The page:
More ETF Players Enter the Market
But Can They Grab Market Share From the Heavyweights?
December 17, 2007
In the midst of an already crowded marketplace of exchange-traded fund (ETF) providers, two new players are making a run for the end zone hoping to score with investors.
The Securities and Exchange Commission has just given the green light to four innovative, narrowly focused ETFs from FocusShares of Montvale, N.J. Through a licensing agreement, all four ETFs, which were originally registered under the "MyShares" moniker, will track to equity indexes created by the International Securities Exchange (ISE), which created the first fully automated options exchange in May 2000. The firm has been trading options on a slew of niche and novel indexes.
Northern Trust, the Chicago-based bank and financial services company with $761 billion in assets under management, is the sub-advisor to each FocusShares ETF. This represents the first time that Northern Trust will manage ETFs on a day-to-day basis.
FocusShares' ETF lineup includes the FocusShares ISE Homebuilders Index ETF, which includes residential construction firms and prefabricated house manufacturers. The FocusShares ISE SINdex ETF invests in "sin" stocks within the alcohol, tobacco and gaming industries. The FocusShares ISE-CCM Homeland Security Index ETF tracks companies under contract with the U.S. Department of Homeland Security, and, perhaps most unusually, the ISE-Revere Wal-Mart Supplier Index ETF is comprised of companies that rely on a significant portion of their revenue from the distribution of their products through Wal-Mart stores.
"We've created different and innovative indexes, but at the end of the day, they create value for investors," said Bruce Goldberg, senior vice president and and chief marketing officer at ISE. The exchange currently offers three broad-based equity indexes alongside 17 narrowly focused indexes, including a nanotechnology index and a CHIndia index comprised solely of companies domiciled in China and India. The firm offers index options on all of them and has since struck product-licensing deals not just with FocusShares but also with First Trust, in hopes of creating additional partnerships in the future, Goldberg said.
The FocusShares ISE-Revere Wal-Mart Supplier Index currently includes such well-known companies as Clorox, Del Monte, General Mills, Kellogg, Mattel and Tootsie Roll.
An executive with FocusShares did not return a call seeking comment.
So many oddball, narrowly focused ETFs have emerged that there are already several homebuilder ETFs now in existence, said Sonya Morris, editor of Morningstar ETF Investor. Time will tell if institutional investors will want to go quite as narrow as to invest in a Wal-Mart-supplier ETF, she said. "This seems to be a pitch to retail investors," she said.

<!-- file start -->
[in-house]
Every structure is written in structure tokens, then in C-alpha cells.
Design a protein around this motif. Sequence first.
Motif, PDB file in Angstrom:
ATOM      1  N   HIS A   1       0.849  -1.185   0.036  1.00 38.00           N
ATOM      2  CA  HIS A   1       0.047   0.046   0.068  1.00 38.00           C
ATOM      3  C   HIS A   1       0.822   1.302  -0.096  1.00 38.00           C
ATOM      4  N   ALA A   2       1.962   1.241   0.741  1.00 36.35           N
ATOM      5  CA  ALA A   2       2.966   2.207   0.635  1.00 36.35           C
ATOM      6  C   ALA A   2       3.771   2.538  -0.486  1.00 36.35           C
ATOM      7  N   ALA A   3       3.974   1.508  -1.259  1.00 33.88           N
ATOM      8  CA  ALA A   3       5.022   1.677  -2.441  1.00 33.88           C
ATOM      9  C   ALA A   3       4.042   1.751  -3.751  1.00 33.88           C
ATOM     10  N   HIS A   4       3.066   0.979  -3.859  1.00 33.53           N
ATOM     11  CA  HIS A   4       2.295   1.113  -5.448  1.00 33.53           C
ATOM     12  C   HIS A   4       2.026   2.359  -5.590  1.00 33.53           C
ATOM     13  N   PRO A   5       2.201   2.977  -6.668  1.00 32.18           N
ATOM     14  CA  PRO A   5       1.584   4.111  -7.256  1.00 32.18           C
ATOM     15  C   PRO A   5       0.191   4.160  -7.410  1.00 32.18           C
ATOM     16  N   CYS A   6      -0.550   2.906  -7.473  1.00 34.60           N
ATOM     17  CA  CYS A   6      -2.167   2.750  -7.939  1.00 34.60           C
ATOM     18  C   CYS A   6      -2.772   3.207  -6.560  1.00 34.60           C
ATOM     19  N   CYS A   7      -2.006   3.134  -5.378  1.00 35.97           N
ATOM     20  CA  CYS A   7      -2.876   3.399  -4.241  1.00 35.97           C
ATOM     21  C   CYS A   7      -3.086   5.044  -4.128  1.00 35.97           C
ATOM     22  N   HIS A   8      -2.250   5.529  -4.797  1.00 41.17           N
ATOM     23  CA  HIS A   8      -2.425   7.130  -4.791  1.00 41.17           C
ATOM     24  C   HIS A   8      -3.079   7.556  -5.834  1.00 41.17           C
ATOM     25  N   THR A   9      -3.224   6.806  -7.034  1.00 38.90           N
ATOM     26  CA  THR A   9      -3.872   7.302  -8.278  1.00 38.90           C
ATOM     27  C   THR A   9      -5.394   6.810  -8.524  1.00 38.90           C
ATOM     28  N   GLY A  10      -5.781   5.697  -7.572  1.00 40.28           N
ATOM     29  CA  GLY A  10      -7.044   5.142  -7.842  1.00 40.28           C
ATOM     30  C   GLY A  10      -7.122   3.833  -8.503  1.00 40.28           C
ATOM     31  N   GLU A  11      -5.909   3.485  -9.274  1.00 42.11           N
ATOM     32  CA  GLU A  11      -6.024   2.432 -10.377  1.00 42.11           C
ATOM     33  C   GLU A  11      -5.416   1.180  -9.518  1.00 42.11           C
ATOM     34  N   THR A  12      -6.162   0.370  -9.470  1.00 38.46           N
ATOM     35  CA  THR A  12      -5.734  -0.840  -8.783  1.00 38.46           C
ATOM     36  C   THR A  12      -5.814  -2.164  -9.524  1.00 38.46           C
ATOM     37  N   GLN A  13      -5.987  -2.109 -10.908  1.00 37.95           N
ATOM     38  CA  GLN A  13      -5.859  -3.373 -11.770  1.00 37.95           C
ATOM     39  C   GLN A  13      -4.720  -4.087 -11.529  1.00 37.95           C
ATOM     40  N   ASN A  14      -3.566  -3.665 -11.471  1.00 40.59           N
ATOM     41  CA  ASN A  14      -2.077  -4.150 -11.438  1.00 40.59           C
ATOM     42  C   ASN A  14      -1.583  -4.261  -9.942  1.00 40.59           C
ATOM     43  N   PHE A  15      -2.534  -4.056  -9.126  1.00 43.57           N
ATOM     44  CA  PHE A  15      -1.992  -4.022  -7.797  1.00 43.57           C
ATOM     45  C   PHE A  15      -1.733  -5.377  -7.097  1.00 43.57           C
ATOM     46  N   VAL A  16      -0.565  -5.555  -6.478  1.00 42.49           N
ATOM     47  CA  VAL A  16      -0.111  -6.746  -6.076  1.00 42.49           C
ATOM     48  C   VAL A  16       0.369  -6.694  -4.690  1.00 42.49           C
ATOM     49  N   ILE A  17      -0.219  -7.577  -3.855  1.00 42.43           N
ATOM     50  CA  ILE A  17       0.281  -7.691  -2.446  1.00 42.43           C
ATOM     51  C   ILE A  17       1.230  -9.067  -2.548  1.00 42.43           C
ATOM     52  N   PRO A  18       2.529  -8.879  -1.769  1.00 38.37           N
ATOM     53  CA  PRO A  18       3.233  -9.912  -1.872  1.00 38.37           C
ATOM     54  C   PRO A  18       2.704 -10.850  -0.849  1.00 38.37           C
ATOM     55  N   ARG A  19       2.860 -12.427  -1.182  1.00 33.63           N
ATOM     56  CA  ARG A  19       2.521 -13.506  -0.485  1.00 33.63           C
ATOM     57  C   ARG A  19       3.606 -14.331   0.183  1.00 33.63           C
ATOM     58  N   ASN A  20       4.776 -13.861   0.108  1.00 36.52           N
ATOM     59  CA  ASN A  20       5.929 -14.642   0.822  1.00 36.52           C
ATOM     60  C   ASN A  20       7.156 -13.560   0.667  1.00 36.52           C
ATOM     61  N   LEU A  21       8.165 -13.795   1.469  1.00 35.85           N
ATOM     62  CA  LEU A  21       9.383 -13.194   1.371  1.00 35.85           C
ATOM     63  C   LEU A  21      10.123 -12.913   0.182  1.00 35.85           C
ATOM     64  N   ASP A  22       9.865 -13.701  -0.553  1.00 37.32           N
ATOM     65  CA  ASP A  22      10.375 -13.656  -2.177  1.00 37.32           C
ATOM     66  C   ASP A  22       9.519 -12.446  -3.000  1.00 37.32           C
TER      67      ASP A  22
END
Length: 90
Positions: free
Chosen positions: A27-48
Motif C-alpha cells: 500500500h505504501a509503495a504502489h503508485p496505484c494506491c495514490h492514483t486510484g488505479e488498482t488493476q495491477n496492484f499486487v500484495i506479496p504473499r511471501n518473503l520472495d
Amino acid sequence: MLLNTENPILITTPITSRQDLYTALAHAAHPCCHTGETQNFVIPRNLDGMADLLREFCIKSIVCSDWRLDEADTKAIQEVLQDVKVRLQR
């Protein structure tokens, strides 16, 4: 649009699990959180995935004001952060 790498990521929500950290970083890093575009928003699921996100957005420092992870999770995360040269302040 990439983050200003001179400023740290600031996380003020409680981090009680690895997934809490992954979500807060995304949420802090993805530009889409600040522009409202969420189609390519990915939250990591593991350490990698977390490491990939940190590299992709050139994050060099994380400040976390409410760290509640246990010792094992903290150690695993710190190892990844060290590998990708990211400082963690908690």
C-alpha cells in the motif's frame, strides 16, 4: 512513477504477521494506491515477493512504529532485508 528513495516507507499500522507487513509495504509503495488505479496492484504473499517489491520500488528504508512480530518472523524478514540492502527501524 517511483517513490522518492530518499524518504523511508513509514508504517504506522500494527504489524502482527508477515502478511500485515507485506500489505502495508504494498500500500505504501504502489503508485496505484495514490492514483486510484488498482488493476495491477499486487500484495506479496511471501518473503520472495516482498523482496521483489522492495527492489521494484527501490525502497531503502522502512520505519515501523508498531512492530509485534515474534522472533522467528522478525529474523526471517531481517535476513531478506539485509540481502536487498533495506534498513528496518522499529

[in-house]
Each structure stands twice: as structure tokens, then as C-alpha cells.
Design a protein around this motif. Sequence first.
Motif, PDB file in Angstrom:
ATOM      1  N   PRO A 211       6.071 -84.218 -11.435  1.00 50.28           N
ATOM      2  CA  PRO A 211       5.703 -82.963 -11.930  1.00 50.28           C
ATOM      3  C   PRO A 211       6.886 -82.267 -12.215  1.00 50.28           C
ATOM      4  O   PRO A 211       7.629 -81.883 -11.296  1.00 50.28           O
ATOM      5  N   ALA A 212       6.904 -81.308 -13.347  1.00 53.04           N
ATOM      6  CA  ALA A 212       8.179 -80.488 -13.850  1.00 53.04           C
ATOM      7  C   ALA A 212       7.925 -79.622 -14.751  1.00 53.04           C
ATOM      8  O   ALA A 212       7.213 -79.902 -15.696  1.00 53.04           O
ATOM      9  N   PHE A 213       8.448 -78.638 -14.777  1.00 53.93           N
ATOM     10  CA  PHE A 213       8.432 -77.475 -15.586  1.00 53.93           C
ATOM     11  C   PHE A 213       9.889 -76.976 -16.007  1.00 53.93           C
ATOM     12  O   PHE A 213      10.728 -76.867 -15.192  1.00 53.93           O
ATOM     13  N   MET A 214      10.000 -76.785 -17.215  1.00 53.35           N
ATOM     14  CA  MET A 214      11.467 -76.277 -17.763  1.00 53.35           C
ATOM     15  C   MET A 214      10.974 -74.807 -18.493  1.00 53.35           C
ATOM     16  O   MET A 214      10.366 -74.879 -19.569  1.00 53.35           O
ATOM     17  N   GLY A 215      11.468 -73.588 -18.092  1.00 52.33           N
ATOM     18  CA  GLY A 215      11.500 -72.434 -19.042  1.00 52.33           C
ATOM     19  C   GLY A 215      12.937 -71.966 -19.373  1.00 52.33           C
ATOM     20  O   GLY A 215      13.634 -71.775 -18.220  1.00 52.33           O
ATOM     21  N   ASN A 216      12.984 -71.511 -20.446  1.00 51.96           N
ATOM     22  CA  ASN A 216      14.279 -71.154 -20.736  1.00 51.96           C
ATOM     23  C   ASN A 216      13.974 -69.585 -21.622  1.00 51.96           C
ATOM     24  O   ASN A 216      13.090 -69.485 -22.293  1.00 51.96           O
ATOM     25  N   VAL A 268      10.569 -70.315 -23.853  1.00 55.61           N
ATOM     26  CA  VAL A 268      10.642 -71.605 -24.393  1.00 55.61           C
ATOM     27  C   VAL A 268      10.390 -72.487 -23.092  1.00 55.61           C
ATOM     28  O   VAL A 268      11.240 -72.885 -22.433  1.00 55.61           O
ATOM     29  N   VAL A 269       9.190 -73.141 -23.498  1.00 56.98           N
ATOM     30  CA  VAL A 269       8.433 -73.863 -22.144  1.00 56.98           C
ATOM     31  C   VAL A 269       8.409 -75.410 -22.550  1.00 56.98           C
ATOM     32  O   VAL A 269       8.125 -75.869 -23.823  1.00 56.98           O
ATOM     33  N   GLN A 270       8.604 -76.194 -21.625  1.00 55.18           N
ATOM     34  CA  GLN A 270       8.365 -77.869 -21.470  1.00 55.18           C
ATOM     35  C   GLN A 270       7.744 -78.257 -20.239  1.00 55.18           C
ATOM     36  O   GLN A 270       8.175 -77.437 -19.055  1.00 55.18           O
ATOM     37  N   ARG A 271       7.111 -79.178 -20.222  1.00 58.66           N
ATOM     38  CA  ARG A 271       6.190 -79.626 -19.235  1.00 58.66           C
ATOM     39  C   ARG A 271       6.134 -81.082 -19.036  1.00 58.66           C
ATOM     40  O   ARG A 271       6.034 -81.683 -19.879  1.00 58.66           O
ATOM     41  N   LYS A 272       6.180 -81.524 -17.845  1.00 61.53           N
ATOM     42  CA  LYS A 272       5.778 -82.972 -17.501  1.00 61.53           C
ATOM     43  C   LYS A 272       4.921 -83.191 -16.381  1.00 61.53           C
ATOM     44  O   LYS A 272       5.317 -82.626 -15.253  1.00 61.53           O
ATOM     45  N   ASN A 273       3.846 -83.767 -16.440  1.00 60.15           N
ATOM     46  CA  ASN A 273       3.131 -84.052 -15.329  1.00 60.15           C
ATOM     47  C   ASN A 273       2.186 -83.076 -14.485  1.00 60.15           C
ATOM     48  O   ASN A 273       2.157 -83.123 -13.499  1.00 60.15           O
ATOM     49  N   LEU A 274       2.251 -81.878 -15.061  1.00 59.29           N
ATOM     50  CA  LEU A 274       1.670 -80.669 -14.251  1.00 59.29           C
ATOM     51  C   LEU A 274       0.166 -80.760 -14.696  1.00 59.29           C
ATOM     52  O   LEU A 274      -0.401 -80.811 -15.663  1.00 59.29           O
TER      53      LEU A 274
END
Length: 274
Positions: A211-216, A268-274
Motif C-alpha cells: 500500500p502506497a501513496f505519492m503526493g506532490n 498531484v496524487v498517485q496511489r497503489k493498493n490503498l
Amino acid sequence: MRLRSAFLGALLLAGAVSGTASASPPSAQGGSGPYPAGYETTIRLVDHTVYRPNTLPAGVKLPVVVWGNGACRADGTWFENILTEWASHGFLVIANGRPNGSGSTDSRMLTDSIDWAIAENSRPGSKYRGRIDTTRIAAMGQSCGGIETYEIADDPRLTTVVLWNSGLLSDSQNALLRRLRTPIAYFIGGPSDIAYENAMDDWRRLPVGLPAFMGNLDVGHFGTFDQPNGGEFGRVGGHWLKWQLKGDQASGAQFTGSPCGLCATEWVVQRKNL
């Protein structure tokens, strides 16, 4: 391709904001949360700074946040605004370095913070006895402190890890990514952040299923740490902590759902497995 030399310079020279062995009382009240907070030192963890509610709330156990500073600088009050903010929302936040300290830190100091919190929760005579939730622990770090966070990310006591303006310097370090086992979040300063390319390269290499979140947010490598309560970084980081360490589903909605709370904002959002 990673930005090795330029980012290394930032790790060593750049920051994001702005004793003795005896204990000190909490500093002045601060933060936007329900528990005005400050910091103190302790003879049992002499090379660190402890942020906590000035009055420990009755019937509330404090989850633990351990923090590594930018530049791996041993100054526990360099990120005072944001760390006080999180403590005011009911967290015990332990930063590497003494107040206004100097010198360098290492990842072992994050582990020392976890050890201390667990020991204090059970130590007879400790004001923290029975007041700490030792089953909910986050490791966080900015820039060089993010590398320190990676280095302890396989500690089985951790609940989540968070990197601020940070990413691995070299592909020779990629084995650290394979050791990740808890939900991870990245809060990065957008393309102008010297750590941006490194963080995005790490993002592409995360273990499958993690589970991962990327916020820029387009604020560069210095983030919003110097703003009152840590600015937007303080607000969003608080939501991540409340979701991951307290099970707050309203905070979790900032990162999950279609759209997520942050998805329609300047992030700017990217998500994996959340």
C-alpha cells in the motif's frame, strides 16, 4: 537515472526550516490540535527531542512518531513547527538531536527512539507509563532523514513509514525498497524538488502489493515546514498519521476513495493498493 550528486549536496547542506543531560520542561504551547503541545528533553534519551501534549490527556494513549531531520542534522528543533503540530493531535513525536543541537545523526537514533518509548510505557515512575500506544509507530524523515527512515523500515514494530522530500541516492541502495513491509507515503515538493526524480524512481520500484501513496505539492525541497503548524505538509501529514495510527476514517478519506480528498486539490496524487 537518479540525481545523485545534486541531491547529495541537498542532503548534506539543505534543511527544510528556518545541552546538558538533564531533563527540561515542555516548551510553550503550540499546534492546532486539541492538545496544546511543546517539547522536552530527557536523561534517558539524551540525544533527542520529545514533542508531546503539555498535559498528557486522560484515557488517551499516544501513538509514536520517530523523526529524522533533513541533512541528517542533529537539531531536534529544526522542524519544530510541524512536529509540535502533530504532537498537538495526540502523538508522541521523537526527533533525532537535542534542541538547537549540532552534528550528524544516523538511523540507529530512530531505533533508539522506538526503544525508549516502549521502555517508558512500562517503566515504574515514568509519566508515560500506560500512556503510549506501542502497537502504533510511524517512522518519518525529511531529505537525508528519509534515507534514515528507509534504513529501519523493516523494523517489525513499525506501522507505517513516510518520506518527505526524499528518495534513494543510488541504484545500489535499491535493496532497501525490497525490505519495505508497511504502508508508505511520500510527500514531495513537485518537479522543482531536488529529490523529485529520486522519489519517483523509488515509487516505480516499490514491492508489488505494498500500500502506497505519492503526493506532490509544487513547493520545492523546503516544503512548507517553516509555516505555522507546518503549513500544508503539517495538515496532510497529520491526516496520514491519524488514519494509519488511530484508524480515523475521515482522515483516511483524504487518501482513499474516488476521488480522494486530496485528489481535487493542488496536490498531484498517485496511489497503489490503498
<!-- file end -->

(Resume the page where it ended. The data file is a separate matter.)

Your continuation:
Moreover, the ETF may be hard to swallow for some. "While Wal-Mart's a great place to distribute your wares, manufacturers could see profits squeezed [by Wal-Mart's heavy-handed approach]," Morris added.
For its part, Northern Trust, once an ETF observer only, is jumping into the ETF market with both feet. Not only will the bank be sub-advising the FocusShares ETFs, but in early November it, too, filed to offer its own lineup of 27 ETFs. The group is expected to debut in 2008. These represent the first proprietarily managed ETFs for Northern Trust and were designed to appeal to both retail and institutional investors.
A spokesman for Northern Trust declined to comment.
The Northern Trust ETFs will be branded under the "NETS" moniker. Eight of the NETS ETFs will track to broader-based indexes, including the Dow Jones Wilshire Global Total Market Index and FTSE CNBC Global 300 Index, as well as four international, single-country real estate indexes. The remaining 19 will track to more narrow equity indexes in single countries including Belgium, Greece, Hong Kong, The Netherlands, Portugal, Russia and South Africa.
The question is: Will all of these niche ETFs be able to find mass appeal among retail and/or institutional investors? Moreover, can the highly competitive marketplace, in which the top three players now control more than 85% of the entire ETF market, make room for yet another two providers? (See accompanying chart.)
According to data from Barclays Global Investors, as of September, Barclays' ETF footprint accounted for more than one half of the entire ETF market all by itself. State Street Global Advisors owned another 22.3% of the market, while Vanguard and PowerShares, a subsidiary of Invesco, are in a dead heat with a nearly 7% lock for each. All told, these top four players dominate close to 95% of the ETF market now.
(c) 2007 Money Management Executive and SourceMedia, Inc. All Rights Reserved.